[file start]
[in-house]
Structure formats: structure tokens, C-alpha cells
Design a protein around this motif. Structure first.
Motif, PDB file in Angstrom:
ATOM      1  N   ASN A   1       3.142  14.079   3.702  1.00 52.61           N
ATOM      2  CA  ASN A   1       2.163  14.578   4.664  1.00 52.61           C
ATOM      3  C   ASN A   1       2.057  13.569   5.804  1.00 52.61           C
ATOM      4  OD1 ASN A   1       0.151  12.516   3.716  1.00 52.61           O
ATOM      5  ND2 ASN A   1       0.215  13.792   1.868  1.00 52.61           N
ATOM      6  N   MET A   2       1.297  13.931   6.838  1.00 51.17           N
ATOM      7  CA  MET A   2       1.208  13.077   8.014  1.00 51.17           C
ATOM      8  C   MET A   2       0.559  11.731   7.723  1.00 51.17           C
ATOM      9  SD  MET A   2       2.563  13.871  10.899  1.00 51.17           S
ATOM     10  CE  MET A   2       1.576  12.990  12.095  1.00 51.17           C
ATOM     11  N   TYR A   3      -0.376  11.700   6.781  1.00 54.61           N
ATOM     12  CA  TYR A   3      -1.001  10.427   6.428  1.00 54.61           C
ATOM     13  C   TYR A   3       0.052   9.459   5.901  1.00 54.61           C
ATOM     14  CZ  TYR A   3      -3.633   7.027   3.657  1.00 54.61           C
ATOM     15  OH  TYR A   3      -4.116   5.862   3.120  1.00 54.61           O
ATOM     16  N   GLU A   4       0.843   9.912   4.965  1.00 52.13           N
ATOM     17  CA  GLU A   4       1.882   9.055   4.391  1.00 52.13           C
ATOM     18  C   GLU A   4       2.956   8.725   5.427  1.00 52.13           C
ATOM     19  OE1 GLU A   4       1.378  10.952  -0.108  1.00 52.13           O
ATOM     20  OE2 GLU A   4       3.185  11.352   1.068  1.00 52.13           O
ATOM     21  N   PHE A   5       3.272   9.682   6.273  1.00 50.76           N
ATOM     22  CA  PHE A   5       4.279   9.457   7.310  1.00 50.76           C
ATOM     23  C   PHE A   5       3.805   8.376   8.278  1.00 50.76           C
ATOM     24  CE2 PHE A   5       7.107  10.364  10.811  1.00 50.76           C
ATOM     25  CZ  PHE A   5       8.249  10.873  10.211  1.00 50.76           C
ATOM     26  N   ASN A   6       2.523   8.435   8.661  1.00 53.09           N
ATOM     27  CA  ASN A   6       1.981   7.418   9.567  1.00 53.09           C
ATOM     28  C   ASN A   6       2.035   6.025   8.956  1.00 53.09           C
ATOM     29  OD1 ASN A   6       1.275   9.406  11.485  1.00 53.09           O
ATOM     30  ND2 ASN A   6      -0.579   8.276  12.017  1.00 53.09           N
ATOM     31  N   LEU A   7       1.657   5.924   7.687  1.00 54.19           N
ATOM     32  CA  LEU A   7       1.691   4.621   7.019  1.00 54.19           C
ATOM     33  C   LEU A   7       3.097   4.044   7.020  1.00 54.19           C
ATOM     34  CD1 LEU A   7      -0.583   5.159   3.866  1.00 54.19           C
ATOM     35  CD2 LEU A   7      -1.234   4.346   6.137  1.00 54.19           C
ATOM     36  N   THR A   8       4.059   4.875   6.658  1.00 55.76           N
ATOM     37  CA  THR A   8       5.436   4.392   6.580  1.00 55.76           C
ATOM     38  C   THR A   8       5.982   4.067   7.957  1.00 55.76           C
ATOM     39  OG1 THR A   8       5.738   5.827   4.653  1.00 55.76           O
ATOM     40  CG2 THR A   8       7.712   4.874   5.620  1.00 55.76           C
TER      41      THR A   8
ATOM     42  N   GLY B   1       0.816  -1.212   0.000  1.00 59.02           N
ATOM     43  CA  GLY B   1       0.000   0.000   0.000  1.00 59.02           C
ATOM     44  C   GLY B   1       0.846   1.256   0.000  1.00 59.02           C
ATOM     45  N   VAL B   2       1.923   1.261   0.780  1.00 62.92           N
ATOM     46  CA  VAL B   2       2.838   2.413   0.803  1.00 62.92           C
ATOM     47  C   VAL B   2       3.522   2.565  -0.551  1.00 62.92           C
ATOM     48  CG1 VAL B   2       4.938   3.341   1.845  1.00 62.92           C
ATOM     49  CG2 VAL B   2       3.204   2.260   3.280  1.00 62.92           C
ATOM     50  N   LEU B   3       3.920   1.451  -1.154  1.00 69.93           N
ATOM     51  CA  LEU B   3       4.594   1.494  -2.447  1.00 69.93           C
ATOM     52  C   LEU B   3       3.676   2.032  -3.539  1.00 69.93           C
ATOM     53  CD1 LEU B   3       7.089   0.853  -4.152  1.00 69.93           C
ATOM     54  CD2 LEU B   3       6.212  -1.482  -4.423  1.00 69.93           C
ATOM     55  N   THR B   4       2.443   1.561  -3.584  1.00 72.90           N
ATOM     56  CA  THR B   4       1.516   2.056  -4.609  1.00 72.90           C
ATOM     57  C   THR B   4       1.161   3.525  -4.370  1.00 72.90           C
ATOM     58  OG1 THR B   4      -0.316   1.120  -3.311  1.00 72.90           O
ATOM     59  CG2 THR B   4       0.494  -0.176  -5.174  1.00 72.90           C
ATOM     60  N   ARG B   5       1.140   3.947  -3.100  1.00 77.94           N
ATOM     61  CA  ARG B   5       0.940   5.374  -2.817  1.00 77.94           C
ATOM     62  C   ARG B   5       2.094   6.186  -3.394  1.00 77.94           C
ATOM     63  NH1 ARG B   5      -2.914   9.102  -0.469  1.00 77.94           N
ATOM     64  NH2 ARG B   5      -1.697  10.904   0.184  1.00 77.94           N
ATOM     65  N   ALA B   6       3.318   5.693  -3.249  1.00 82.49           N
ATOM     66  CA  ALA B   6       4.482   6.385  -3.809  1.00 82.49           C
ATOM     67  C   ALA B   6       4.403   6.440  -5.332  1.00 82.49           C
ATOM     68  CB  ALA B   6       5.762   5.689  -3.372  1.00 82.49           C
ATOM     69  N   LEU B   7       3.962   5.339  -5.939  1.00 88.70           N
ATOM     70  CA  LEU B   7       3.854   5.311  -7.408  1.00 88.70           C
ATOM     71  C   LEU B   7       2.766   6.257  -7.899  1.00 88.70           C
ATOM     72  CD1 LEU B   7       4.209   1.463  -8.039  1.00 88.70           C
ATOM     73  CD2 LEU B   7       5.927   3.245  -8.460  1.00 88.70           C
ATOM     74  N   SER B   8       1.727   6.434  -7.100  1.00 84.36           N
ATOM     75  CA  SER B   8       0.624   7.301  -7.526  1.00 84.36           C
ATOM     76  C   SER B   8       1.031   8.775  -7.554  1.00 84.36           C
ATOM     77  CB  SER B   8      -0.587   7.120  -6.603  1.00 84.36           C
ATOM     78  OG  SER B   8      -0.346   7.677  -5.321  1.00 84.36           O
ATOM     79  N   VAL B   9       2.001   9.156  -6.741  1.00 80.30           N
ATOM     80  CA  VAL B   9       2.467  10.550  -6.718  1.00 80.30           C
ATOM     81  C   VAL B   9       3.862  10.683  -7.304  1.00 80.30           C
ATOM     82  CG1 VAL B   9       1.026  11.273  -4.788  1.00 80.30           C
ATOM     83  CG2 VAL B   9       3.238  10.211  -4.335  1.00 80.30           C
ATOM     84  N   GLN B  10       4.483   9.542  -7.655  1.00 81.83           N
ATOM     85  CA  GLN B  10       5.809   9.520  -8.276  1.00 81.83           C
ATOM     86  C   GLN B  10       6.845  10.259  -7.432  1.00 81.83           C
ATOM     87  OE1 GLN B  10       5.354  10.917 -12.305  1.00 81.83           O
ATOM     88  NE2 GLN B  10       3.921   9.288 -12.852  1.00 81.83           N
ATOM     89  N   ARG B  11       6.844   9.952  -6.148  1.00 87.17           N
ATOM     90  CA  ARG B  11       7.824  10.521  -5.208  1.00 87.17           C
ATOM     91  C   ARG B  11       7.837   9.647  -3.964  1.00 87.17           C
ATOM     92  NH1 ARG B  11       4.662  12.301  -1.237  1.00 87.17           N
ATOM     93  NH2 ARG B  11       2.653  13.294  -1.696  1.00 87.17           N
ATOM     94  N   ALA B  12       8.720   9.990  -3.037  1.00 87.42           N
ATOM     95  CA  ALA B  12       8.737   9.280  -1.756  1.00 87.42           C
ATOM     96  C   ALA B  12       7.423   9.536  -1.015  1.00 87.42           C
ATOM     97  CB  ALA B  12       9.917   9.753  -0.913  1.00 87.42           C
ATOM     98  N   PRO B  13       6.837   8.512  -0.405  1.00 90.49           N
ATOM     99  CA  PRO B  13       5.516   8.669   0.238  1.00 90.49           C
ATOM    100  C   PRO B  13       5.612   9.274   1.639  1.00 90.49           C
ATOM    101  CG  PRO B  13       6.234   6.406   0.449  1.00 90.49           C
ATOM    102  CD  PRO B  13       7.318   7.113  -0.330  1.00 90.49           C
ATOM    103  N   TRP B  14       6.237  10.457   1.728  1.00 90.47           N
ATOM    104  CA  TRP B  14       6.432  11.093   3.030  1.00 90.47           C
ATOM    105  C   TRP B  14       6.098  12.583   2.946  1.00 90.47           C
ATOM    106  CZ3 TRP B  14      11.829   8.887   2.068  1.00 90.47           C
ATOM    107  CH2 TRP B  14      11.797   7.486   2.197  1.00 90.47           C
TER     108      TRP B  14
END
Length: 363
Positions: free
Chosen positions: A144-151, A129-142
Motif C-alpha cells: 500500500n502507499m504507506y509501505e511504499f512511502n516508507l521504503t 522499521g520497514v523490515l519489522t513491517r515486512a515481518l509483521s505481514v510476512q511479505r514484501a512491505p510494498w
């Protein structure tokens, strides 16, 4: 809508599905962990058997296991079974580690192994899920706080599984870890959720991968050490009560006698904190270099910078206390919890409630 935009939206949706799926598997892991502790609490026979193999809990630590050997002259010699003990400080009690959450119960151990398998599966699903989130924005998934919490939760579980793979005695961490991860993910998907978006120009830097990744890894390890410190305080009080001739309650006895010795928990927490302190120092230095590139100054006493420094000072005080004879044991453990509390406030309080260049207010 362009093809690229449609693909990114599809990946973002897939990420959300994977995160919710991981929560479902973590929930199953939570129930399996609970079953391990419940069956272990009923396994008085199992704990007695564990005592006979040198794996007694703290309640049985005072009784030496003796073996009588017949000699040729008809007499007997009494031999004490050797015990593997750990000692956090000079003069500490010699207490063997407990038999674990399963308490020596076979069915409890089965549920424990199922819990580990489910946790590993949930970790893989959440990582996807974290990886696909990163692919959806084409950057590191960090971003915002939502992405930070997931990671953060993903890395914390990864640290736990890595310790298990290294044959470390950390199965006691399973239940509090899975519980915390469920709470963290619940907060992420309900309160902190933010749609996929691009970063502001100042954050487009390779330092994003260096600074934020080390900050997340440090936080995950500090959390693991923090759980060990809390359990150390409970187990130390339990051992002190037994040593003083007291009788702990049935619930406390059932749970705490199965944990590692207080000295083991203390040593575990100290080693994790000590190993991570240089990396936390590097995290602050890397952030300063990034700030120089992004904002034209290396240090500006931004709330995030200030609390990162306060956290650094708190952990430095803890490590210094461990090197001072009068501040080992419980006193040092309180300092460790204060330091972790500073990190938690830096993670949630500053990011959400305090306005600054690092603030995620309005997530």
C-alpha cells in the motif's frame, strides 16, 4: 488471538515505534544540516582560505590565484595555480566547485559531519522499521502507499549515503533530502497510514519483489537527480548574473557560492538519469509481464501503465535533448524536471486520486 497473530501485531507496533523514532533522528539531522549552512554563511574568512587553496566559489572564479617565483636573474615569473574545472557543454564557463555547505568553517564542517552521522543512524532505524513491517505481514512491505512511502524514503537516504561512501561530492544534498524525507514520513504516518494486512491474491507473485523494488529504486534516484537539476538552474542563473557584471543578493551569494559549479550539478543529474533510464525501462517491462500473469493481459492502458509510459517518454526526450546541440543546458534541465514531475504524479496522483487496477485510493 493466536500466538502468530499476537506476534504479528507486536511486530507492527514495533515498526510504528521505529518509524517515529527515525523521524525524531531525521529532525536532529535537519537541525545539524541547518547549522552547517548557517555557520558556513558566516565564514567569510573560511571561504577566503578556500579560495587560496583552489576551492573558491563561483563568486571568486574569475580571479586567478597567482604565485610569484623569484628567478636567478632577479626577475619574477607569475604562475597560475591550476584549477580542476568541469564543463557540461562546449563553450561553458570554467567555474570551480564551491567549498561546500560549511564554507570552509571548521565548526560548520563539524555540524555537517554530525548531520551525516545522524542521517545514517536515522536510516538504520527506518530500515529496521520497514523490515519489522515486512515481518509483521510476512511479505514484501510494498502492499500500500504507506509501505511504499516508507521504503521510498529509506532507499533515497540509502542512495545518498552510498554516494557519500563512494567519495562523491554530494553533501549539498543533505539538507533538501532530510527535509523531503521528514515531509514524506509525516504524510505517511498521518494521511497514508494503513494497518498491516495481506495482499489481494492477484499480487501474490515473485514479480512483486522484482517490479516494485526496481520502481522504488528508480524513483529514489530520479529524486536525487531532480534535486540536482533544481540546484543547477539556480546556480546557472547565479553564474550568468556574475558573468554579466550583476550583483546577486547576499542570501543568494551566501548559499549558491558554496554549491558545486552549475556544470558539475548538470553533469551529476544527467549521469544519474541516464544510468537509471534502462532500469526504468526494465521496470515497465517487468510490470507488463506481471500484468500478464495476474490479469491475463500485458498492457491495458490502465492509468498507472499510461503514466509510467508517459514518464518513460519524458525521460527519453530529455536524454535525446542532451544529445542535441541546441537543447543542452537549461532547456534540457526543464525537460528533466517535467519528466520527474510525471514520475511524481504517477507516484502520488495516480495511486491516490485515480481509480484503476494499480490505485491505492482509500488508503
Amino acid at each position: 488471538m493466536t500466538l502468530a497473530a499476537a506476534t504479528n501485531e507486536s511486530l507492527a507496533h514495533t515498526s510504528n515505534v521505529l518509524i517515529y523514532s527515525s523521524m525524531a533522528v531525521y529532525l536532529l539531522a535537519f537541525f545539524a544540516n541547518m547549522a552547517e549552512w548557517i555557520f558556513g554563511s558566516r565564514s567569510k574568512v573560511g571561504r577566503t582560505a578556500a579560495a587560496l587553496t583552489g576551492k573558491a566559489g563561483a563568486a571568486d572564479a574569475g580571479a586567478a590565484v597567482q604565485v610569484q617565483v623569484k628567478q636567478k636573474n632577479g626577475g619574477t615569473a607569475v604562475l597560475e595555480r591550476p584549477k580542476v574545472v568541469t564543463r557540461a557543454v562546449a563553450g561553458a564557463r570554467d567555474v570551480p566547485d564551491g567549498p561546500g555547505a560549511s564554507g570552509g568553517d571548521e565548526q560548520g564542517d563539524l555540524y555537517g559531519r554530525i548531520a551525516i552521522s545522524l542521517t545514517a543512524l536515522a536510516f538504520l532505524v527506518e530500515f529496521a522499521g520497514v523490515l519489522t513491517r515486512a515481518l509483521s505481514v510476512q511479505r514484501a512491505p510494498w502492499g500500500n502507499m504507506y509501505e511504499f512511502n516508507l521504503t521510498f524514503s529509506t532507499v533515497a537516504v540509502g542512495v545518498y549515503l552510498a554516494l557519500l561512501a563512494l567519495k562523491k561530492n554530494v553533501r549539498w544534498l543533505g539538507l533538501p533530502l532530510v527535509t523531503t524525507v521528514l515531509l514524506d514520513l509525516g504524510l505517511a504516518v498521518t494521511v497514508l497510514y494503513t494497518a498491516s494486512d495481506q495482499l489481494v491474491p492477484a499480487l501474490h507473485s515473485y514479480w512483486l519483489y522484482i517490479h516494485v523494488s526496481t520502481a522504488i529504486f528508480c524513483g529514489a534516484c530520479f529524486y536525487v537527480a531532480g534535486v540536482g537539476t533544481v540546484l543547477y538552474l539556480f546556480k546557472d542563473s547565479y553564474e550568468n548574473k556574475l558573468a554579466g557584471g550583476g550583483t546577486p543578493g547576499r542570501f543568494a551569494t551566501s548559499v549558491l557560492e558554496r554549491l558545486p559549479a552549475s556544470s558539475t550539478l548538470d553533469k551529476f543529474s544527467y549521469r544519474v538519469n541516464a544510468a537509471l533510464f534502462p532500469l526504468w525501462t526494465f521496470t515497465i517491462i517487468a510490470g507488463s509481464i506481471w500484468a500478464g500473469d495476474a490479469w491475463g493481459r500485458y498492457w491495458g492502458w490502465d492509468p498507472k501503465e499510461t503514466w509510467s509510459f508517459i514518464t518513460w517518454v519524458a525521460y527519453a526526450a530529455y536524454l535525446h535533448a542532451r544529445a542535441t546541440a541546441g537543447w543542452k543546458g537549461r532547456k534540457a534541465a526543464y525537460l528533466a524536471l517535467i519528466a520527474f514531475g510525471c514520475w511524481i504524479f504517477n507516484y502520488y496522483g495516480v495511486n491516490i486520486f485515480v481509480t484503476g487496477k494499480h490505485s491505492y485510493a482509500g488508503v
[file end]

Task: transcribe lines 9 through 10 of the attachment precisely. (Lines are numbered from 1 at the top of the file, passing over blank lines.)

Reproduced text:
ATOM      5  ND2 ASN A   1       0.215  13.792   1.868  1.00 52.61           N
ATOM      6  N   MET A   2       1.297  13.931   6.838  1.00 51.17           N